"Masculinity And The Midseason: The President As Sex Symbol On ‘Scandal’"
We’ve had a lot of conversations recently about how men are represented in pop culture these days, so I’ve been spending some of my time at the Television Critics Association asking some questions about new male characters that will form a series of posts over the next couple of days.
Shonda Rhimes’ new show Scandal stars a women: Kerry Washington as Olivia Pope, a fictional version of Washington, DC fixer Judy Smith (she represented Monica Lewinsky and Chandra Levy’s family), who is an executive producer on the show. But it’s also about that woman’s relationship with a powerful man, in fact, the powerful man. Olivia’s former boss is the president of the United States, and apparently he’s a single man, who isn’t quite ready to let her go even though she’s returned to private practice. In real life, it’s impossible to imagine a president of the United States who isn’t married. It’s difficult to believe that a man who had never been married or a single divorced man would be able to get over questions around his personal life, though a widower might manage it. But I asked Rhimes if she thought that despite that conception, Americans long for a sexier vision of the president.
” I don’t know if America wants a sexier president” in the real world, she said. “I know when I was working on the show, it was delightful to have a sexier president, to imagine the president as a man as well as a leader of the free world.” She noted later that she hoped the show wouldn’t be pigeon-holed, noting, “I don’t think this is a show about relationships.”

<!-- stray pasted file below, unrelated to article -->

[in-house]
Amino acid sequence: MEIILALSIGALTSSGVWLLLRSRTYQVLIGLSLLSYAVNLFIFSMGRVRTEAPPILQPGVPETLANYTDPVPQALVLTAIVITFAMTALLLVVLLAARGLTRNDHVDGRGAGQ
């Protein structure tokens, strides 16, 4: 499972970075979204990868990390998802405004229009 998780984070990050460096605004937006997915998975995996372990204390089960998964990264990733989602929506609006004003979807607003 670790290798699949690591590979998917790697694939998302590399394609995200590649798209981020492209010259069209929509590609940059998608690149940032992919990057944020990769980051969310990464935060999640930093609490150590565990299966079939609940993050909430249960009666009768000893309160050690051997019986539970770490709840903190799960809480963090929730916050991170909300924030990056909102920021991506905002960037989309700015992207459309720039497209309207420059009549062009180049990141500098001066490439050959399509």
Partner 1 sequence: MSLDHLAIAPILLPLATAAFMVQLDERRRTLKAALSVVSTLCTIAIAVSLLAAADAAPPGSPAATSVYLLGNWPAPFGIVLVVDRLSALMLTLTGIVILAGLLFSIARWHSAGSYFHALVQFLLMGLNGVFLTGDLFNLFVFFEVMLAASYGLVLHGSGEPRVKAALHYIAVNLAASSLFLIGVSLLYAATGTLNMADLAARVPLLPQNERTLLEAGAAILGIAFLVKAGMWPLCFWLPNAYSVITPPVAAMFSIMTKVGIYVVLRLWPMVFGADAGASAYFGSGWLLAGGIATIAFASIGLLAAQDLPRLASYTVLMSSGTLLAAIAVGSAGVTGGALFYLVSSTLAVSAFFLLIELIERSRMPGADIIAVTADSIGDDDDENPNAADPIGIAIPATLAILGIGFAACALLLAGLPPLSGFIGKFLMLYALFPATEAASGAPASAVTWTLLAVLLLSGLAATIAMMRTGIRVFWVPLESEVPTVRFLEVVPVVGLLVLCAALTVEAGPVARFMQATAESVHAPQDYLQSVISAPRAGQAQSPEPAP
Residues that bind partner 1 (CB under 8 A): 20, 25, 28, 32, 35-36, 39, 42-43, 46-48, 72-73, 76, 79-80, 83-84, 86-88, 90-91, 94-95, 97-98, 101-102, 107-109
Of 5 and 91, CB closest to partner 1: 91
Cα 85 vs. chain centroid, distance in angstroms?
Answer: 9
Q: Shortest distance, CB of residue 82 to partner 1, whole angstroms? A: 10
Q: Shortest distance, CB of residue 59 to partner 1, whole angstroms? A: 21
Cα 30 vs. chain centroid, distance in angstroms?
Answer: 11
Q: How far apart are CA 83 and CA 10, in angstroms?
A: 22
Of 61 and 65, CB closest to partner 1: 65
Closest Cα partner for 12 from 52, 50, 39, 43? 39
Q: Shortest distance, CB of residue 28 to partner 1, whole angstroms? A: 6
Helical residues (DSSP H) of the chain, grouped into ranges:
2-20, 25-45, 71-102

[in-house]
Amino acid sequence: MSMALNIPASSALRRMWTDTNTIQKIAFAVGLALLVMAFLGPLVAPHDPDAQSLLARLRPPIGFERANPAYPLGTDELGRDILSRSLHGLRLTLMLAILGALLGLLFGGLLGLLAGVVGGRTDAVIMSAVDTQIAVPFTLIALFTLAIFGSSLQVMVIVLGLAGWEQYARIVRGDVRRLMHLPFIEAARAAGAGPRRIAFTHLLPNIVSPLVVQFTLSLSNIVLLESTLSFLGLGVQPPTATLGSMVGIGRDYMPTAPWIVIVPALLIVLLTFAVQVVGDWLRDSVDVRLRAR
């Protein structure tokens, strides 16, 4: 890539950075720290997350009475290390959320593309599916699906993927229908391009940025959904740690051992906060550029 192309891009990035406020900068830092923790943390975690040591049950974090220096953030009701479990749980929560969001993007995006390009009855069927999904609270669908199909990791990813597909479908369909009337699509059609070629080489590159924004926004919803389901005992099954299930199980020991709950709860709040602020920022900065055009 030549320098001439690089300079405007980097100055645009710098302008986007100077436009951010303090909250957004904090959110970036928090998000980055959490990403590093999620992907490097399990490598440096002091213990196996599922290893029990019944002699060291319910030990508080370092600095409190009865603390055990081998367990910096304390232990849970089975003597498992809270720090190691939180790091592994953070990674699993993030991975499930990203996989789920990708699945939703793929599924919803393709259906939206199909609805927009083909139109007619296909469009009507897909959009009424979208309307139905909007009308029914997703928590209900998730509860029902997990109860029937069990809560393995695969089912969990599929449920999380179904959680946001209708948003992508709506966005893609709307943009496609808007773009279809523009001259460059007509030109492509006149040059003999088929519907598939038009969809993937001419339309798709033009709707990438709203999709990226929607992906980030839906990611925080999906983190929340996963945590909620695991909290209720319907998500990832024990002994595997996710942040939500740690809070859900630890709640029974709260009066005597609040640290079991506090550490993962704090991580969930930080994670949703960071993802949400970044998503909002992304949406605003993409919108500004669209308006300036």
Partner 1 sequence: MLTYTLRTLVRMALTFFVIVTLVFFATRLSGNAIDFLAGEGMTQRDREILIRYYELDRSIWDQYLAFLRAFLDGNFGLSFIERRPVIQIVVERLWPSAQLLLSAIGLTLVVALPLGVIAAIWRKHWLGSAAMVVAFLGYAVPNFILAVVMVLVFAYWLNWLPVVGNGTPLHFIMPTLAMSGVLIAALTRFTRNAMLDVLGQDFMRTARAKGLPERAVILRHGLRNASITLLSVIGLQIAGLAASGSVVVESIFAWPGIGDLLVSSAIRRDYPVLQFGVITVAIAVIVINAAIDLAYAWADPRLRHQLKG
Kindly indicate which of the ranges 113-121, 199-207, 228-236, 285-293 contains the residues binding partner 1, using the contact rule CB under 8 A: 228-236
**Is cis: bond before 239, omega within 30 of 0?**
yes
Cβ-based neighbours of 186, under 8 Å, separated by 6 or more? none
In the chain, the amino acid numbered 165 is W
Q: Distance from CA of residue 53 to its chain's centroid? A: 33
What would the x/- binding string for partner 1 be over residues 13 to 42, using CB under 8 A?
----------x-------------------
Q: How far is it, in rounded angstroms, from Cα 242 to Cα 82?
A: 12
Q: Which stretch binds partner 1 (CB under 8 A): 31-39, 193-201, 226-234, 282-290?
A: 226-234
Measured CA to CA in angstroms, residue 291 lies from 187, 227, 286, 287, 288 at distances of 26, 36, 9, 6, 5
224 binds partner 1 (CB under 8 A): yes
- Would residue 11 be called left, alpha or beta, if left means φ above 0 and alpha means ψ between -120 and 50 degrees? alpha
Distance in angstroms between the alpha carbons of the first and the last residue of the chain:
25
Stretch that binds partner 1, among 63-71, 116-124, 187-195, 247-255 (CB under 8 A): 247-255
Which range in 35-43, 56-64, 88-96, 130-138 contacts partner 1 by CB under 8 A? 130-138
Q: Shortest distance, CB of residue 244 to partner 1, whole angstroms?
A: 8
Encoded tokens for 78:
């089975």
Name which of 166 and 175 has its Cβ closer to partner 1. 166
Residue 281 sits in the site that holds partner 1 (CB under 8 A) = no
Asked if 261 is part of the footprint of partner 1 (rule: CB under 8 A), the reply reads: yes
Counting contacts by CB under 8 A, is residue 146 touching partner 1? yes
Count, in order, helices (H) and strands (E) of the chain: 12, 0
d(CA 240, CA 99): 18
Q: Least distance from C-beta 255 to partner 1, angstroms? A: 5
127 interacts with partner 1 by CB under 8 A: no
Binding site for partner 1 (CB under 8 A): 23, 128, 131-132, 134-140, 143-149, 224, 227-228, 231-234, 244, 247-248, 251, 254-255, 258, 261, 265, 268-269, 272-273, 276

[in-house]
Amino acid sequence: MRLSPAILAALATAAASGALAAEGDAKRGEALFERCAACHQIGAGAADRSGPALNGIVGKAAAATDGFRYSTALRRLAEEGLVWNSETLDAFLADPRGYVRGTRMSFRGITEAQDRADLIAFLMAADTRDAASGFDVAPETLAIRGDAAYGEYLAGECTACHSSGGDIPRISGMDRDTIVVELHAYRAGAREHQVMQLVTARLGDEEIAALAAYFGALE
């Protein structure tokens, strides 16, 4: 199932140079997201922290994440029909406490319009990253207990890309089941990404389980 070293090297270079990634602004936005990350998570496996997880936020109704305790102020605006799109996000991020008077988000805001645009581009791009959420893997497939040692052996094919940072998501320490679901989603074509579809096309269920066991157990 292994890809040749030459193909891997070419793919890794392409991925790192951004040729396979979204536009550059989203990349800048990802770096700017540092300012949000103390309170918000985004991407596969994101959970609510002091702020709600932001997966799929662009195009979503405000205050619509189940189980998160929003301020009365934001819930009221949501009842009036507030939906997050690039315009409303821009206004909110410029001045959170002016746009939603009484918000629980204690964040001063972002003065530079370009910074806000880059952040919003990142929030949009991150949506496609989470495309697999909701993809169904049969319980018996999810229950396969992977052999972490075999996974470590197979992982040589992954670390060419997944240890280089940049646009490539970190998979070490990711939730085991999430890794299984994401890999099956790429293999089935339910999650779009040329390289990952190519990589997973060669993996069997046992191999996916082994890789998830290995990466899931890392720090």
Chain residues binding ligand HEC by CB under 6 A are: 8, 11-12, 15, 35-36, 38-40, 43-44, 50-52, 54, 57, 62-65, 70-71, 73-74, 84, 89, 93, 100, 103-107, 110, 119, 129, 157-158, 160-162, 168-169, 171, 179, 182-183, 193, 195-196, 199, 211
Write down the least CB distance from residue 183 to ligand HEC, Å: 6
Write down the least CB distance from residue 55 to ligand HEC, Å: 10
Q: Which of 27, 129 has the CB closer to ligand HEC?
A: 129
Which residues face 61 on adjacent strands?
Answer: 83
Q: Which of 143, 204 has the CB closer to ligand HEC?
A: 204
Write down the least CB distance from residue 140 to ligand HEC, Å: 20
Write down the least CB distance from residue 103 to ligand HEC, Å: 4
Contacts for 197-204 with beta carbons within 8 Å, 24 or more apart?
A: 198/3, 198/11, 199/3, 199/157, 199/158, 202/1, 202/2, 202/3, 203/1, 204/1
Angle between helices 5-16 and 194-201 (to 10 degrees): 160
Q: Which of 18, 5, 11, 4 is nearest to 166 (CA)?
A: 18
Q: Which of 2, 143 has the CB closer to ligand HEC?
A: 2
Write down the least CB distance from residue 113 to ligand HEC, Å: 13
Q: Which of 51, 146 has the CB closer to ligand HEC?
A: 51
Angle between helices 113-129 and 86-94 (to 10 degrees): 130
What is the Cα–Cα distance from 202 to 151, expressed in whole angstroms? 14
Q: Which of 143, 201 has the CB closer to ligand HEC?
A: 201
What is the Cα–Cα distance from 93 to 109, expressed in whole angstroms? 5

It’s a dichotomy that raises some interesting issues. I don’t know that we’re always very good at letting men express yearning or desire in popular culture, even though we’re at a place where we’re getting more comfortable watching women objectify men on-screen, and presenting men to be objectified by women in the audience. I wonder if it has something to do with a dynamic we see play out repeatedly in American politics, where we constantly downgrade a politician’s power (particularly the president) any time he compromises or doesn’t get everything he wants. Of course, we accept the inevitability of compromise and disappointment in ordinary people’s lives. But it’s hard to imagine someone being both a forceful chief executive and not getting the girl, or getting the girl and then getting dumped. It’s why action stars never have interesting romances: the only outcomes are success, the hero leaving the girl, or the girl dying through the machinations of the villain.